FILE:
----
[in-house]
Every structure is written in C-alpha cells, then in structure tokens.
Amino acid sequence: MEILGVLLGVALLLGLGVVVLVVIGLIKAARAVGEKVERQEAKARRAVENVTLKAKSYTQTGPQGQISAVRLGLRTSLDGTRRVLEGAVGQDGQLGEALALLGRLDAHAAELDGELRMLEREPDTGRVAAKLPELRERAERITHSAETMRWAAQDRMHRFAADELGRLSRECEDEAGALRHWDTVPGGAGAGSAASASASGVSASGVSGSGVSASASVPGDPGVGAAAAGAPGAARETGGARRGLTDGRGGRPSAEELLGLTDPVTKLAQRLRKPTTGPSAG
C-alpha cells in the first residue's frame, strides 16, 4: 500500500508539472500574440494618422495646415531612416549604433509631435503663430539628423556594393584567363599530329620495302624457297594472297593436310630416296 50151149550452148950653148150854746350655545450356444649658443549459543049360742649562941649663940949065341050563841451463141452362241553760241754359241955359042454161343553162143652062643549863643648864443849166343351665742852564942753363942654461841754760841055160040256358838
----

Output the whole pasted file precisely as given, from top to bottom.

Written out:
[in-house]
Every structure is written in C-alpha cells, then in structure tokens.
Amino acid sequence: MEILGVLLGVALLLGLGVVVLVVIGLIKAARAVGEKVERQEAKARRAVENVTLKAKSYTQTGPQGQISAVRLGLRTSLDGTRRVLEGAVGQDGQLGEALALLGRLDAHAAELDGELRMLEREPDTGRVAAKLPELRERAERITHSAETMRWAAQDRMHRFAADELGRLSRECEDEAGALRHWDTVPGGAGAGSAASASASGVSASGVSGSGVSASASVPGDPGVGAAAAGAPGAARETGGARRGLTDGRGGRPSAEELLGLTDPVTKLAQRLRKPTTGPSAG
C-alpha cells in the first residue's frame, strides 16, 4: 500500500508539472500574440494618422495646415531612416549604433509631435503663430539628423556594393584567363599530329620495302624457297594472297593436310630416296 50151149550452148950653148150854746350655545450356444649658443549459543049360742649562941649663940949065341050563841451463141452362241553760241754359241955359042454161343553162143652062643549863643648864443849166343351665742852564942753363942654461841754760841055160040256358838